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UK admits just half of methane emissions

Official figures in doubt

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Methane emissions in the UK could be twice as high as government estimates, new European research suggests.

The findings, reported in today's New Scientist magazine, come from Peter Bergamaschi of the European commission joint research centre at Ispra in Italy.

Rather than taking countries' own internal estimates at face value, Bergamaschi and his team produced their estimates by analysing the distribution of methane in the atmosphere.

The team collected the raw data using chemical detectors that check for atmospheric methane. Then they tracked backwards through recent weather systems to see where the methane was likely to have originated.

Other countries could also be underreporting their emissions. France could be underestimating its methane production by 47 per cent, according to the researchers.

Until recently, Germany was reporting 62 per cent less methane than this study suggests it generates. However, the German government recently, and apparently independently, revised their figures upwards by 70 per cent, The Guardian reports.

Methane is an extremely powerful greenhouse gas. Although it only survives in the atmosphere for between 10 and 20 years (around a tenth of the time CO2 will hang around), its warming effect is more than 20 times greater. In addition, when it does break down, it forms water and, yes, CO2.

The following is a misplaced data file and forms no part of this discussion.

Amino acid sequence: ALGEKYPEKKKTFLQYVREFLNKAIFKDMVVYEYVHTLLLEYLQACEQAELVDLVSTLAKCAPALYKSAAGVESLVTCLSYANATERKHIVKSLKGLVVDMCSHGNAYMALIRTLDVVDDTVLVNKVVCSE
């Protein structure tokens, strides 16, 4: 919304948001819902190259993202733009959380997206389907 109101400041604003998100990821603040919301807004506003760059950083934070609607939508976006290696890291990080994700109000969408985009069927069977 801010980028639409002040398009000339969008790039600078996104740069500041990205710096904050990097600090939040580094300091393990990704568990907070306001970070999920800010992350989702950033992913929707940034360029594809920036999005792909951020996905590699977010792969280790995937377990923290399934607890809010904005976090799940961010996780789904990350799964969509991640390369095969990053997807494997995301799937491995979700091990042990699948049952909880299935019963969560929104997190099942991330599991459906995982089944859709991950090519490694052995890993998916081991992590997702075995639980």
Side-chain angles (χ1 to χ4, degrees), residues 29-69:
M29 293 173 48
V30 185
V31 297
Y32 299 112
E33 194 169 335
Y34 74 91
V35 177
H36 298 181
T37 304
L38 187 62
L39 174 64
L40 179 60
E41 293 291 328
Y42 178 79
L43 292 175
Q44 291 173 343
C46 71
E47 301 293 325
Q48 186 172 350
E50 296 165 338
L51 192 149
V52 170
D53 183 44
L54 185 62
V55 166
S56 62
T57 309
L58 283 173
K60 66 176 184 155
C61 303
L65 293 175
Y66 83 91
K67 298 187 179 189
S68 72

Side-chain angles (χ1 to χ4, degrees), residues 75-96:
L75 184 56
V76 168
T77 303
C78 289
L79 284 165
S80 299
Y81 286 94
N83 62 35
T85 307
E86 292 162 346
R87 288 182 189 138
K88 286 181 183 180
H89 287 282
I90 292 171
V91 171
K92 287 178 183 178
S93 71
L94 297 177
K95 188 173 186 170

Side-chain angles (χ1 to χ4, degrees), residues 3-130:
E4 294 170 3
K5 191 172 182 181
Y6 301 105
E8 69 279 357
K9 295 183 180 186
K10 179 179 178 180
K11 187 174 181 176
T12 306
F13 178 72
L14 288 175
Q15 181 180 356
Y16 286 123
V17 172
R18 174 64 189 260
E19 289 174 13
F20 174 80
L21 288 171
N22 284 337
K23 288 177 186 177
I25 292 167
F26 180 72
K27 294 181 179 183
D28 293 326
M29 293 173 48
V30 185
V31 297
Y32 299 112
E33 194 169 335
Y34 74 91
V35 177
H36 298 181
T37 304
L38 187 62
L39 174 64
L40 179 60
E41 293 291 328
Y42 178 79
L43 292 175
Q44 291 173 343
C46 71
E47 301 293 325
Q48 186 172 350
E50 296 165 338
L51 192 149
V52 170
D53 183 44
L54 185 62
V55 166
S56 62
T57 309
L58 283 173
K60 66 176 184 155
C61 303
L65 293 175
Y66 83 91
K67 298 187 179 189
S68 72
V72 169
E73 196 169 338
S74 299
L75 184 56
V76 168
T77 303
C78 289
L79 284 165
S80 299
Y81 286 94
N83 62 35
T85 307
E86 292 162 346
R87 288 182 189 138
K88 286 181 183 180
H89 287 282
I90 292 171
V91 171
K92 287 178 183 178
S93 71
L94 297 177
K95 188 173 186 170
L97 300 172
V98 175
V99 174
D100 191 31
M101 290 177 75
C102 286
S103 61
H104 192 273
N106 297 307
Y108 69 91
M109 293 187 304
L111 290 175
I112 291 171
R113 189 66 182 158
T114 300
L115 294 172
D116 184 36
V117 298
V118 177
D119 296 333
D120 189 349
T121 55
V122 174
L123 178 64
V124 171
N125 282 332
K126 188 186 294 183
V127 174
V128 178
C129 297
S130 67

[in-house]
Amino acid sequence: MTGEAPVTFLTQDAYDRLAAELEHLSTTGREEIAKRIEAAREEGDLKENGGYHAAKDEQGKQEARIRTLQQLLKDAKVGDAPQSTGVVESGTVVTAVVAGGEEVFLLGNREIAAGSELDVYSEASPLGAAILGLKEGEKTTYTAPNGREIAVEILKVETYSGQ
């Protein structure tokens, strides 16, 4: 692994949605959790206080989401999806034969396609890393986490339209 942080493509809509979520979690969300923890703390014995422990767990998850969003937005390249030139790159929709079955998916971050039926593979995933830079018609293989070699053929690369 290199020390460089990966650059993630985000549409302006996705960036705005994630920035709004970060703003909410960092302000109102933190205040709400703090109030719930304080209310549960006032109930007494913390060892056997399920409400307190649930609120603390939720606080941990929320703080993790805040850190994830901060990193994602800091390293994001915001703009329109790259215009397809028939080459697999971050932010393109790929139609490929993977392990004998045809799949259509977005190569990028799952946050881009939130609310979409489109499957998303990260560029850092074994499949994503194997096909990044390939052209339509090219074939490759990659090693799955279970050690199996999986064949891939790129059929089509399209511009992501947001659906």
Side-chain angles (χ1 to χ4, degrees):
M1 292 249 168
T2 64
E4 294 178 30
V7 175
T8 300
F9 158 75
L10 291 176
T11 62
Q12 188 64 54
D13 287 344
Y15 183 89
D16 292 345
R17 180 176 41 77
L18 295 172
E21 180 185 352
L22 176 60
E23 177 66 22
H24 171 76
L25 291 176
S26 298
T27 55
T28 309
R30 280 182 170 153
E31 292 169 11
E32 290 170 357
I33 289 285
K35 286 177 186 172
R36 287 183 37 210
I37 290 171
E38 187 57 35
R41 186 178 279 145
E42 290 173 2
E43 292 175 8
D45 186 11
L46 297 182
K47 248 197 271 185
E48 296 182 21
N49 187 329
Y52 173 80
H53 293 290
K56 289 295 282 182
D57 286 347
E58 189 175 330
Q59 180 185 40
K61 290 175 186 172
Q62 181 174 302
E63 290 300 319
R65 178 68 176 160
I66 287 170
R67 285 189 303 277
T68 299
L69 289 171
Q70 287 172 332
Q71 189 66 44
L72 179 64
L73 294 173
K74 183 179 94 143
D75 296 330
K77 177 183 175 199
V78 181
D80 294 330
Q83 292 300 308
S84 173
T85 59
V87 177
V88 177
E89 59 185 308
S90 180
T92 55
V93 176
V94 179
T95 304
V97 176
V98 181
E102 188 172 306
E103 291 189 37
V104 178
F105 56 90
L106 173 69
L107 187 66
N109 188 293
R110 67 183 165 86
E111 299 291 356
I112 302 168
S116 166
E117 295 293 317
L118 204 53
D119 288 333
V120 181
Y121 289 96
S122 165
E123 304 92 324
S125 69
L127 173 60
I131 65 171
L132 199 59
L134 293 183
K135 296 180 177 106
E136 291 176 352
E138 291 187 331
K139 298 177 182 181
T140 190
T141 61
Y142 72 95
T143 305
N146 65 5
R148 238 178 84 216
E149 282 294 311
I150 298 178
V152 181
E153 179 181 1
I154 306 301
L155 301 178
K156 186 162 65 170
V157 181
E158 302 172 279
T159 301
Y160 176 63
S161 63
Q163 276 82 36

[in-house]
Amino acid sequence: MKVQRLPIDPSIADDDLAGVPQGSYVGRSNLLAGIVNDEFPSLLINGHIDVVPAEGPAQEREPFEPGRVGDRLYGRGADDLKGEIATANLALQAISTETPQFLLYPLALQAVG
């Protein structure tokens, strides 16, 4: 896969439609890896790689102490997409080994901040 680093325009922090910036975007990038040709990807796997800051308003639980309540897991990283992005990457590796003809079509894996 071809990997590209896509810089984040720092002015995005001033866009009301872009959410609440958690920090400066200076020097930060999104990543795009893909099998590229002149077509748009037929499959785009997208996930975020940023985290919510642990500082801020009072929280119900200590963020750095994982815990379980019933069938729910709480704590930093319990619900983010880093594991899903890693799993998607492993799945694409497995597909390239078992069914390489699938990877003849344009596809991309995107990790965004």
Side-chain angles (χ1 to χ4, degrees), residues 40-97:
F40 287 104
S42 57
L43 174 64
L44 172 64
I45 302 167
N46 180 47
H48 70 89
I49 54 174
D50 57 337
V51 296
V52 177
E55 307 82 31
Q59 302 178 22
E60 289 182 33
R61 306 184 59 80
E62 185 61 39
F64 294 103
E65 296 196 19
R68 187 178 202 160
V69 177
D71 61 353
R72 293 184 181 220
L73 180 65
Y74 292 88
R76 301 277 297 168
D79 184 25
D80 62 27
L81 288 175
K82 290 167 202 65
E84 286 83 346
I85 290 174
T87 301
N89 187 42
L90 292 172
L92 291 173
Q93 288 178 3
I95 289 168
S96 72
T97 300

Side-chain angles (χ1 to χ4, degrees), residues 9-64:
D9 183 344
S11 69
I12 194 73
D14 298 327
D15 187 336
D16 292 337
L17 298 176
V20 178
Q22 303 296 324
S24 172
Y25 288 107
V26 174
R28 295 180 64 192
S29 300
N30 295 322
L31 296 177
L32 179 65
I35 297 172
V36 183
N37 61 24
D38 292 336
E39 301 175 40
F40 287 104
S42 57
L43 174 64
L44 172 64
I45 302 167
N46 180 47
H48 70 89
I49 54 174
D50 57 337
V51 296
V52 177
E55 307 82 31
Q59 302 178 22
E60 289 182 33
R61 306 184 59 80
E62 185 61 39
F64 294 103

The publication of the research coincides with the latest figures from the European Union. These show that, even excluding emissions from aviation and shipping, the UK's emissions rose by 0.2 per cent between 2003 and 2004. Across Europe the rise was 0.4 per cent.

The news has not pleased environmental groups, and is probably not making for happy people in Westminster, either. At a time when the UK is supposed to be cutting its emissions of greenhouse gases, research indicating it has been drastically underestimating how much we produce will not make for comfortable reading.

The Department for the Environment and Rural Affairs (Defra) says other assessments of the UK's estimates don't indicate any problem with its methodology.

"We believe Bergamaschi over-estimates UK methane emissions by at least a half," it said in a statement, arguing that Bergamaschi's method can't separate man-made from natural methane, which leads to considerable uncertainty in his model.

The department also argues that any change in measuring methodology will have no impact on its commitments under the Kyoto Protocol, which call for a 12.5 per cent proportional reduction in emissions as compared to levels in 1990. ®

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